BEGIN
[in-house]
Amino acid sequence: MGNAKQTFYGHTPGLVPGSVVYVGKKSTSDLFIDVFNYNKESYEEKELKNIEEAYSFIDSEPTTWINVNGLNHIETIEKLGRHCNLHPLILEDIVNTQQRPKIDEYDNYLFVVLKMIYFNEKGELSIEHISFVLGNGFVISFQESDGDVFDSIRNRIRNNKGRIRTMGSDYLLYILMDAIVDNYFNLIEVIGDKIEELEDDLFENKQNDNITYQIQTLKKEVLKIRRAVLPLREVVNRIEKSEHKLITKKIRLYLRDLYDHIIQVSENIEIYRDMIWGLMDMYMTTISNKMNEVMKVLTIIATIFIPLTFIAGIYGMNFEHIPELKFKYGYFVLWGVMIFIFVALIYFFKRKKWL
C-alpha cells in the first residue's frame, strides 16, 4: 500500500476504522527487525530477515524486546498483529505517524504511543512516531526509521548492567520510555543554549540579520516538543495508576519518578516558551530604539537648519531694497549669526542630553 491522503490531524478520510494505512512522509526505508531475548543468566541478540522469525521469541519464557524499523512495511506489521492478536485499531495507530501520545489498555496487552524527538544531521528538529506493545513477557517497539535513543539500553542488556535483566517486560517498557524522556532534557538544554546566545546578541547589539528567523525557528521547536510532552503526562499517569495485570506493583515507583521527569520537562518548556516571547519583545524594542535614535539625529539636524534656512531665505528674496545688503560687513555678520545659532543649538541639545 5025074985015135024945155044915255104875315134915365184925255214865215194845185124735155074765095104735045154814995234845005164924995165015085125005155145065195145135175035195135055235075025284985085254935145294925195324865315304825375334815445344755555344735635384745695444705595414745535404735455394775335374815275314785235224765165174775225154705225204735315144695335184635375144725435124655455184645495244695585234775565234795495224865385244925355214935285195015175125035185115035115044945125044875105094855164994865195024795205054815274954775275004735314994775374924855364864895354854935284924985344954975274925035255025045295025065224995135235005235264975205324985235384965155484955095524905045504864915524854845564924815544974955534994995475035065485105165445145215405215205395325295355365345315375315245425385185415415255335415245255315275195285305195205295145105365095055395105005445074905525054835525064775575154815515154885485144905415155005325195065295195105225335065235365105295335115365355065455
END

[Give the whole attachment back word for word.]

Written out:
[in-house]
Amino acid sequence: MGNAKQTFYGHTPGLVPGSVVYVGKKSTSDLFIDVFNYNKESYEEKELKNIEEAYSFIDSEPTTWINVNGLNHIETIEKLGRHCNLHPLILEDIVNTQQRPKIDEYDNYLFVVLKMIYFNEKGELSIEHISFVLGNGFVISFQESDGDVFDSIRNRIRNNKGRIRTMGSDYLLYILMDAIVDNYFNLIEVIGDKIEELEDDLFENKQNDNITYQIQTLKKEVLKIRRAVLPLREVVNRIEKSEHKLITKKIRLYLRDLYDHIIQVSENIEIYRDMIWGLMDMYMTTISNKMNEVMKVLTIIATIFIPLTFIAGIYGMNFEHIPELKFKYGYFVLWGVMIFIFVALIYFFKRKKWL
C-alpha cells in the first residue's frame, strides 16, 4: 500500500476504522527487525530477515524486546498483529505517524504511543512516531526509521548492567520510555543554549540579520516538543495508576519518578516558551530604539537648519531694497549669526542630553 491522503490531524478520510494505512512522509526505508531475548543468566541478540522469525521469541519464557524499523512495511506489521492478536485499531495507530501520545489498555496487552524527538544531521528538529506493545513477557517497539535513543539500553542488556535483566517486560517498557524522556532534557538544554546566545546578541547589539528567523525557528521547536510532552503526562499517569495485570506493583515507583521527569520537562518548556516571547519583545524594542535614535539625529539636524534656512531665505528674496545688503560687513555678520545659532543649538541639545 5025074985015135024945155044915255104875315134915365184925255214865215194845185124735155074765095104735045154814995234845005164924995165015085125005155145065195145135175035195135055235075025284985085254935145294925195324865315304825375334815445344755555344735635384745695444705595414745535404735455394775335374815275314785235224765165174775225154705225204735315144695335184635375144725435124655455184645495244695585234775565234795495224865385244925355214935285195015175125035185115035115044945125044875105094855164994865195024795205054815274954775275004735314994775374924855364864895354854935284924985344954975274925035255025045295025065224995135235005235264975205324985235384965155484955095524905045504864915524854845564924815544974955534994995475035065485105165445145215405215205395325295355365345315375315245425385185415415255335415245255315275195285305195205295145105365095055395105005445074905525054835525064775575154815515154885485144905415155005325195065295195105225335065235365105295335115365355065455